The openings in each pair are separated by 3.0 to 4.0 mm, and the sets are placed 180 degrees from one another. A needleless Gore-Tex (expanded polytetrafluoroethylene [ePTFE]) CV-8 suture (W.L. Gore & Associates, Inc.) (off label for ophthalmic use) is then placed in the anterior chamber through the main wound (Figure 2) and retrieved by a 25-gauge microforceps via one of the scleral openings. The other end of the needleless suture is similarly retrieved through the paired opening, leaving a suture loop exiting the eye through the primary wound (Figure 3). The process is repeated with a second piece of suture at the opposing set of openings, 180 degrees away.
At this stage, the ePTFE suture loops are exiting the eye through the main scleral incision and the distal ends of the sutures are exiting through each of the 4 sclerotomies. Meticulous attention is required to maintain suture loop orientation and avoid tangling or twisting the suture loops.
A CZ70BD (Alcon Laboratories, Inc.) poly(methyl methacrylate) PC IOL is brought to the operating field and put over an instrument wipe, stabilized by a dollop of an ophthalmic viscosurgical device (OVD) on the surface of the instrument wipe. The proximal ePTFE loop is then folded over itself, creating a girth hitch (Figure 4), which is affixed to the trailing haptic of the IOL. Each arm of the hitch should rest on 1 side of the haptic eyelet, effectively separating the 2 arms of the suture by approximately 1.5 mm (Figure 5, A and B). The IOL is then oriented with the unattached haptic toward the wound, and the same fixation process is repeated with the distal suture loop and the leading haptic of the IOL. With a properly executed girth hitch, the arms of the suture should rest above the haptic or both below the haptic, thereby avoiding torque.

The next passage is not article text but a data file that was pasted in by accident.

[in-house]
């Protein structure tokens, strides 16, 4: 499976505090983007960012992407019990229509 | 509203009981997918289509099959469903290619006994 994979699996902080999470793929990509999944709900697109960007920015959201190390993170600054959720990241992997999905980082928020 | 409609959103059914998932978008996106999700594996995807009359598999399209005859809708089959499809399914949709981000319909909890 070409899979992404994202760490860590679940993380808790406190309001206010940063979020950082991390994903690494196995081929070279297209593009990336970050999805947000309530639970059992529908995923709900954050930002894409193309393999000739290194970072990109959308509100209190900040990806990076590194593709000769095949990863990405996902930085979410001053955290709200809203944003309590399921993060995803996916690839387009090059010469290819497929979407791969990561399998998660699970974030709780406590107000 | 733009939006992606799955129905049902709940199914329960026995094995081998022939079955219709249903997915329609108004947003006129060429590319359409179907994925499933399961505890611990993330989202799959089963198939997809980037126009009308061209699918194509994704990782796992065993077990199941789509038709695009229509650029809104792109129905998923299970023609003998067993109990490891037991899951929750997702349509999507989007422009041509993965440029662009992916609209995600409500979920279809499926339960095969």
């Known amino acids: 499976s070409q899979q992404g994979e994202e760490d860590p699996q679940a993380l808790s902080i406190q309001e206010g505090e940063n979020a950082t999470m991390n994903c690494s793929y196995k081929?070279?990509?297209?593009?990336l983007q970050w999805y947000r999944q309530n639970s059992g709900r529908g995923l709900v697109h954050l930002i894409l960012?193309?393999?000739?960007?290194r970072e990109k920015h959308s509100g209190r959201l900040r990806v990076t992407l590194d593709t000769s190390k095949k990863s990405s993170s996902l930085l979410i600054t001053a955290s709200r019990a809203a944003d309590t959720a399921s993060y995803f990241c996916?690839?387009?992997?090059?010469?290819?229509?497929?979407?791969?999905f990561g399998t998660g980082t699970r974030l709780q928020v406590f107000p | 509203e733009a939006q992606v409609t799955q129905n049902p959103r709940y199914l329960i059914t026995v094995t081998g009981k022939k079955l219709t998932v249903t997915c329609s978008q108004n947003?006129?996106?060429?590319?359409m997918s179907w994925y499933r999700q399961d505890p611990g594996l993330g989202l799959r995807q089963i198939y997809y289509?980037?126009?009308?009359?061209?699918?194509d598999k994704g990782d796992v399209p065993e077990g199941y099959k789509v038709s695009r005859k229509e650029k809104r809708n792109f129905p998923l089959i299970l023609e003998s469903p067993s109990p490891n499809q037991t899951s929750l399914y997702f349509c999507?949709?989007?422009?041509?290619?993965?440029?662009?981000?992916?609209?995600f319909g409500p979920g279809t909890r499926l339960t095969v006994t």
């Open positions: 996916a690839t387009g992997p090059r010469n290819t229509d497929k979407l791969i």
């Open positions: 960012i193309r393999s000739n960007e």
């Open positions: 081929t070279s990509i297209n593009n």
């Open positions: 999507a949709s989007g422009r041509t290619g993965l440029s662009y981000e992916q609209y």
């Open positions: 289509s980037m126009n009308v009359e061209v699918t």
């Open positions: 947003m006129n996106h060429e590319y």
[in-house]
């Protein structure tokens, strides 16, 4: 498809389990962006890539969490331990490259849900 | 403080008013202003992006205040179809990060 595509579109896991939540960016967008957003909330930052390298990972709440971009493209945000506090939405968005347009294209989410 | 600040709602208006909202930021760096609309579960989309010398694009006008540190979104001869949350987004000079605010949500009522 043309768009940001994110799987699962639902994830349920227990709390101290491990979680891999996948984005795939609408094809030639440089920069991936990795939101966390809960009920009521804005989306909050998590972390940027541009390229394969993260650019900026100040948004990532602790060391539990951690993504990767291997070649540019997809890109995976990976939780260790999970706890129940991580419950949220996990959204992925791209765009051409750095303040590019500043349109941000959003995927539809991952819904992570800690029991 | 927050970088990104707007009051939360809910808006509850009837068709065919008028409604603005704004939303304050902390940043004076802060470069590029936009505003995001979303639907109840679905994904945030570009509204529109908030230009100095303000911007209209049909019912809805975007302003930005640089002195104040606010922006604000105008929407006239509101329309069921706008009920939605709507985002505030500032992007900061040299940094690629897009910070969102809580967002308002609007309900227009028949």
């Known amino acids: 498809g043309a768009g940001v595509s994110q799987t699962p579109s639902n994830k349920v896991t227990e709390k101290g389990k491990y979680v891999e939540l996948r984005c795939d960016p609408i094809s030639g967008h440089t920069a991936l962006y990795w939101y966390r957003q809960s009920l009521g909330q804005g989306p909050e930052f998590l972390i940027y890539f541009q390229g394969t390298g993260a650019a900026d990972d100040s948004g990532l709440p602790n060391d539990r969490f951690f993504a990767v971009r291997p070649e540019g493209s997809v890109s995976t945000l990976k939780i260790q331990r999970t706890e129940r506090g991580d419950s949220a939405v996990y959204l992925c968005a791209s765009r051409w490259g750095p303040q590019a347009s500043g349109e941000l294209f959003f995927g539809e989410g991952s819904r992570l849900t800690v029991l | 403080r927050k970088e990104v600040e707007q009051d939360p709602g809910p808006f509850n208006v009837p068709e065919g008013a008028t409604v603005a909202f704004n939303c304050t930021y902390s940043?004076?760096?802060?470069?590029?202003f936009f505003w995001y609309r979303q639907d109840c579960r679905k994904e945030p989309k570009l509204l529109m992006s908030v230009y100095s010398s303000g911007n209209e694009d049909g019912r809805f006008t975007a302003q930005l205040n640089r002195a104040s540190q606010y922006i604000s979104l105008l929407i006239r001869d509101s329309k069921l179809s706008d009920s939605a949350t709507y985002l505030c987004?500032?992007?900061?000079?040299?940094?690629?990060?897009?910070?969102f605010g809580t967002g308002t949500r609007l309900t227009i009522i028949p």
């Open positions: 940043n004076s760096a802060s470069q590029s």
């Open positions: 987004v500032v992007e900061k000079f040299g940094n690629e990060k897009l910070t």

After all sutures are secured, the ACM is turned off to decrease intraocular pressure, thus decreasing the likelihood of iris prolapse, and the IOL is guided into the ciliary sulcus, gently pulling the externalized distal sutures to take up excess slack. The trailing haptic is similarly placed.
After the IOL is placed in the posterior chamber, the anterior chamber is put back into its on position and the wound is secured with a running 10-0 nylon suture. The ePTFE sutures at 1 site are snugged firmly, pulling the haptic–hitch fixation site to underlie the more counterclockwise of the 2 paired openings (Figure 6). A knot is tied over the more counterclockwise opening with a 2-1-1 configuration. The process is repeated for the opposing site and the other haptic, also over the more counterclockwise of the 2 openings. Both knots are trimmed and then rotated inside the eye wall, effectively rotating the IOL 1 to 2 clock hours in the clockwise direction at each location (Figure 7).